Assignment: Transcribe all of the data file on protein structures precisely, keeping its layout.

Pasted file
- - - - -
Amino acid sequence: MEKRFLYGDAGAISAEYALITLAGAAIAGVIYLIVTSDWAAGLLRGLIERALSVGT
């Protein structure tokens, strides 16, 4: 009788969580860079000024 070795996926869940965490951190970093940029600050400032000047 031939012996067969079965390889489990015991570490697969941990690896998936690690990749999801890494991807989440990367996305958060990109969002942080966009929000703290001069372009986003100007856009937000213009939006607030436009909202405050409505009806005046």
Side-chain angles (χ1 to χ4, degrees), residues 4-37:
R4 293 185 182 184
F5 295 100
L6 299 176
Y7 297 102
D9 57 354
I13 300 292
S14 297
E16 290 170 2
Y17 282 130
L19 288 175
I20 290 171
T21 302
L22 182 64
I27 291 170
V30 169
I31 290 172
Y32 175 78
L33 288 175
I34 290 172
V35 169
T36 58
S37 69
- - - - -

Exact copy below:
Amino acid sequence: MEKRFLYGDAGAISAEYALITLAGAAIAGVIYLIVTSDWAAGLLRGLIERALSVGT
């Protein structure tokens, strides 16, 4: 009788969580860079000024 070795996926869940965490951190970093940029600050400032000047 031939012996067969079965390889489990015991570490697969941990690896998936690690990749999801890494991807989440990367996305958060990109969002942080966009929000703290001069372009986003100007856009937000213009939006607030436009909202405050409505009806005046």
Side-chain angles (χ1 to χ4, degrees), residues 4-37:
R4 293 185 182 184
F5 295 100
L6 299 176
Y7 297 102
D9 57 354
I13 300 292
S14 297
E16 290 170 2
Y17 282 130
L19 288 175
I20 290 171
T21 302
L22 182 64
I27 291 170
V30 169
I31 290 172
Y32 175 78
L33 288 175
I34 290 172
V35 169
T36 58
S37 69